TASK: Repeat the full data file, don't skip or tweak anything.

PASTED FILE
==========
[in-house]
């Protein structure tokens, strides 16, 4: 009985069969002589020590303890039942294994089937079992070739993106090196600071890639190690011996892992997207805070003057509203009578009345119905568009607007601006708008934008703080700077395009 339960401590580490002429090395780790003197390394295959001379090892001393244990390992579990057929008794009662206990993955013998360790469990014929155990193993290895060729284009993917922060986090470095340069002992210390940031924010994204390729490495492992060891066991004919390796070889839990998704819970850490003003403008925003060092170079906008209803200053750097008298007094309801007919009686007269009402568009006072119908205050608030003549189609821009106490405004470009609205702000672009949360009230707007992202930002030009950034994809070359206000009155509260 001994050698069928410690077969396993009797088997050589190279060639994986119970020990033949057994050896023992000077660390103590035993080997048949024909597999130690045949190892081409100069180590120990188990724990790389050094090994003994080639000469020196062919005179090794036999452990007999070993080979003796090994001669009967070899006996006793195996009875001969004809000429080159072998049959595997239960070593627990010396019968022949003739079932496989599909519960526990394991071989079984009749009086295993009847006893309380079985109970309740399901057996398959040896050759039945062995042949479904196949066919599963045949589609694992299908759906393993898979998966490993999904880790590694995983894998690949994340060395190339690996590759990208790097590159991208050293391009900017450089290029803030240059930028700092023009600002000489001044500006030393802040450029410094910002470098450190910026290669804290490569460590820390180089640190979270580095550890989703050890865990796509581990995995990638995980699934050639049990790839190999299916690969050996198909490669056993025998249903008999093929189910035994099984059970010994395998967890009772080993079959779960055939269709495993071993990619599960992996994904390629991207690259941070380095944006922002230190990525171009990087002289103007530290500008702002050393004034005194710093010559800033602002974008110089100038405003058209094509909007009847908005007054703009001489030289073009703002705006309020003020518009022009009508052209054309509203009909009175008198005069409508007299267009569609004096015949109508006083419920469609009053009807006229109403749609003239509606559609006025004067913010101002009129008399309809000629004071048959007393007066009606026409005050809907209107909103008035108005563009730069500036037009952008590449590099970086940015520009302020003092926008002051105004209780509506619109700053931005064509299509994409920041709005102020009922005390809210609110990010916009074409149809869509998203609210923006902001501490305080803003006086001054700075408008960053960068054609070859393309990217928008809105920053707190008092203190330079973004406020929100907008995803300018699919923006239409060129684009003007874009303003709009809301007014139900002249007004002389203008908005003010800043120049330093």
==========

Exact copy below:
[in-house]
């Protein structure tokens, strides 16, 4: 009985069969002589020590303890039942294994089937079992070739993106090196600071890639190690011996892992997207805070003057509203009578009345119905568009607007601006708008934008703080700077395009 339960401590580490002429090395780790003197390394295959001379090892001393244990390992579990057929008794009662206990993955013998360790469990014929155990193993290895060729284009993917922060986090470095340069002992210390940031924010994204390729490495492992060891066991004919390796070889839990998704819970850490003003403008925003060092170079906008209803200053750097008298007094309801007919009686007269009402568009006072119908205050608030003549189609821009106490405004470009609205702000672009949360009230707007992202930002030009950034994809070359206000009155509260 001994050698069928410690077969396993009797088997050589190279060639994986119970020990033949057994050896023992000077660390103590035993080997048949024909597999130690045949190892081409100069180590120990188990724990790389050094090994003994080639000469020196062919005179090794036999452990007999070993080979003796090994001669009967070899006996006793195996009875001969004809000429080159072998049959595997239960070593627990010396019968022949003739079932496989599909519960526990394991071989079984009749009086295993009847006893309380079985109970309740399901057996398959040896050759039945062995042949479904196949066919599963045949589609694992299908759906393993898979998966490993999904880790590694995983894998690949994340060395190339690996590759990208790097590159991208050293391009900017450089290029803030240059930028700092023009600002000489001044500006030393802040450029410094910002470098450190910026290669804290490569460590820390180089640190979270580095550890989703050890865990796509581990995995990638995980699934050639049990790839190999299916690969050996198909490669056993025998249903008999093929189910035994099984059970010994395998967890009772080993079959779960055939269709495993071993990619599960992996994904390629991207690259941070380095944006922002230190990525171009990087002289103007530290500008702002050393004034005194710093010559800033602002974008110089100038405003058209094509909007009847908005007054703009001489030289073009703002705006309020003020518009022009009508052209054309509203009909009175008198005069409508007299267009569609004096015949109508006083419920469609009053009807006229109403749609003239509606559609006025004067913010101002009129008399309809000629004071048959007393007066009606026409005050809907209107909103008035108005563009730069500036037009952008590449590099970086940015520009302020003092926008002051105004209780509506619109700053931005064509299509994409920041709005102020009922005390809210609110990010916009074409149809869509998203609210923006902001501490305080803003006086001054700075408008960053960068054609070859393309990217928008809105920053707190008092203190330079973004406020929100907008995803300018699919923006239409060129684009003007874009303003709009809301007014139900002249007004002389203008908005003010800043120049330093």